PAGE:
Chad Rinehart has had a quiet first season in the NFL.
He came to work every day, getting practice reps, studying film, watching the starting offensive linemen and absorbing what they had to offer.
On game days, Rinehart was deactivated every week.
Now, as the Redskins experience a rash of injuries along the offensive line, Rinehart could be ready to make some noise.
Chris Samuels and Justin Geisinger are on injured reserve and Jon Jansen is day to day with a knee injury.
Stephon Heyer is expected to start at left tackle for Samuels. If Jansen is unable to play, then Jason Fabini would slide in at right tackle.
Rinehart is still a backup at this point, but he knows he needs to be ready. There's a good chance he won't be deactivated this week.
"I feel like I'm ready to contribute now and hopefully help the team out any way I can," he said.
Asked whether he was surprised he had not seen more playing time this season, Rinehart replied: "Coach [Joe] Bugel talked to me earlier this season and said that he felt more comfortable with a guy like Fabini playing over me. He told me that when my time comes, be ready to play."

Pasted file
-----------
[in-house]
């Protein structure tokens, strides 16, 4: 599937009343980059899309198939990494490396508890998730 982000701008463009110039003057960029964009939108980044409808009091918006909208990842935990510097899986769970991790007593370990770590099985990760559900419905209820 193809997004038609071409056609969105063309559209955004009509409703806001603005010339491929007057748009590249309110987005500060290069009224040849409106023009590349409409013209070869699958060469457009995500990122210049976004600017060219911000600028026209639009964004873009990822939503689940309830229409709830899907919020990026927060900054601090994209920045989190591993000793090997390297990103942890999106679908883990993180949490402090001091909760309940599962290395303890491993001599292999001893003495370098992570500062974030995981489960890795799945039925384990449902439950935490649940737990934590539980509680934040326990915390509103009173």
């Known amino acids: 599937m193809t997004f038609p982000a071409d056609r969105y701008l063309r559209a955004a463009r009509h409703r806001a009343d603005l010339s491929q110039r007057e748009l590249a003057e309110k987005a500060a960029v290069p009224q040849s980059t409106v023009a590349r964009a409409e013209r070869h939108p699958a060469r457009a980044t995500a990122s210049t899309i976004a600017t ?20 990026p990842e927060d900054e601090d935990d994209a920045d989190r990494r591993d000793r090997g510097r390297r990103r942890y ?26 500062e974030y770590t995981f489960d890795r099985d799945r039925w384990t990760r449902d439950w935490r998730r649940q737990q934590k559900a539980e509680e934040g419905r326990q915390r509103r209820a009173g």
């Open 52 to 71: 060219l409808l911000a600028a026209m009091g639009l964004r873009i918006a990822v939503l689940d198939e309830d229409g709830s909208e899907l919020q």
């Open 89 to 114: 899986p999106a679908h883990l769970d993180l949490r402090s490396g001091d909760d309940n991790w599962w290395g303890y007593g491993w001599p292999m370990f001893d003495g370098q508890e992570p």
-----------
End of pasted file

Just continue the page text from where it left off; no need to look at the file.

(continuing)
Rinehart was the Redskins' third-round draft choice last April.
A native of Boone, Iowa, Rinehart played his college ball at Northern Iowa, where he played left tackle for three years.
He started taking reps at guard in preseason with the Redskins.
Rinehart impressed early on in preseason, but he admitted he started to revert back to bad habits in terms of technique. He started to struggle.
For Rinehart, the NFL learning curve has been season-long.
"As I got comfortable playing guard, I realized you have to know what the tackle is doing as you're playing guard, and vice versa," Rinehart said. "So I feel like mentally I've been taking reps at both. And I feel ready to play at either position."
Of course, it has helped having a veteran offensive line coach like Bugel instructing him along the way. He also has a veteran group of linemen, including Samuels, Pete Kendall, Casey Rabach, Randy Thomas and Jansen, showing him the ropes, too.
"I've been watching them, and they have been leading by example," Rinehart said. "They don't give a rah-rah speech before practice. They just tell you to 'Go out and do what's expected.' Coach Bugel brings high intensity and we go out and follow."